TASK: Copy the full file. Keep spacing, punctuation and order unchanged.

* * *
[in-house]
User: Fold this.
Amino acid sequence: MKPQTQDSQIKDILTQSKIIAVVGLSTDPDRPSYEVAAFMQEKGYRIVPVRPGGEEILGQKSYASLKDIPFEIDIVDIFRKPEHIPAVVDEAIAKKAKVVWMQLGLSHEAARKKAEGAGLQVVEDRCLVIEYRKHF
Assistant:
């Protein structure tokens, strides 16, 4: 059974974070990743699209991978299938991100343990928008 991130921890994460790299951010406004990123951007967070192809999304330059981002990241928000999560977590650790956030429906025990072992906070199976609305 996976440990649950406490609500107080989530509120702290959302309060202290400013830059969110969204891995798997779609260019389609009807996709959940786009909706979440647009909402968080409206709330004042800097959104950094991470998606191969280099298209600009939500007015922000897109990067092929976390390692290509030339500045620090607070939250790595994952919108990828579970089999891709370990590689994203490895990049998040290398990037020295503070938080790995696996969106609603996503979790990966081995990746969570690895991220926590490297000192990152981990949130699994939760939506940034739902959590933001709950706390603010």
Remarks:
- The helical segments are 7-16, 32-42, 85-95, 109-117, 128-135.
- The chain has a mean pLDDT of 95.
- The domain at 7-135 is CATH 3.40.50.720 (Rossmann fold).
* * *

[in-house]
User: Fold this.
Amino acid sequence: MKPQTQDSQIKDILTQSKIIAVVGLSTDPDRPSYEVAAFMQEKGYRIVPVRPGGEEILGQKSYASLKDIPFEIDIVDIFRKPEHIPAVVDEAIAKKAKVVWMQLGLSHEAARKKAEGAGLQVVEDRCLVIEYRKHF
Assistant:
């Protein structure tokens, strides 16, 4: 059974974070990743699209991978299938991100343990928008 991130921890994460790299951010406004990123951007967070192809999304330059981002990241928000999560977590650790956030429906025990072992906070199976609305 996976440990649950406490609500107080989530509120702290959302309060202290400013830059969110969204891995798997779609260019389609009807996709959940786009909706979440647009909402968080409206709330004042800097959104950094991470998606191969280099298209600009939500007015922000897109990067092929976390390692290509030339500045620090607070939250790595994952919108990828579970089999891709370990590689994203490895990049998040290398990037020295503070938080790995696996969106609603996503979790990966081995990746969570690895991220926590490297000192990152981990949130699994939760939506940034739902959590933001709950706390603010």
Remarks:
- The helical segments are 7-16, 32-42, 85-95, 109-117, 128-135.
- The chain has a mean pLDDT of 95.
- The domain at 7-135 is CATH 3.40.50.720 (Rossmann fold).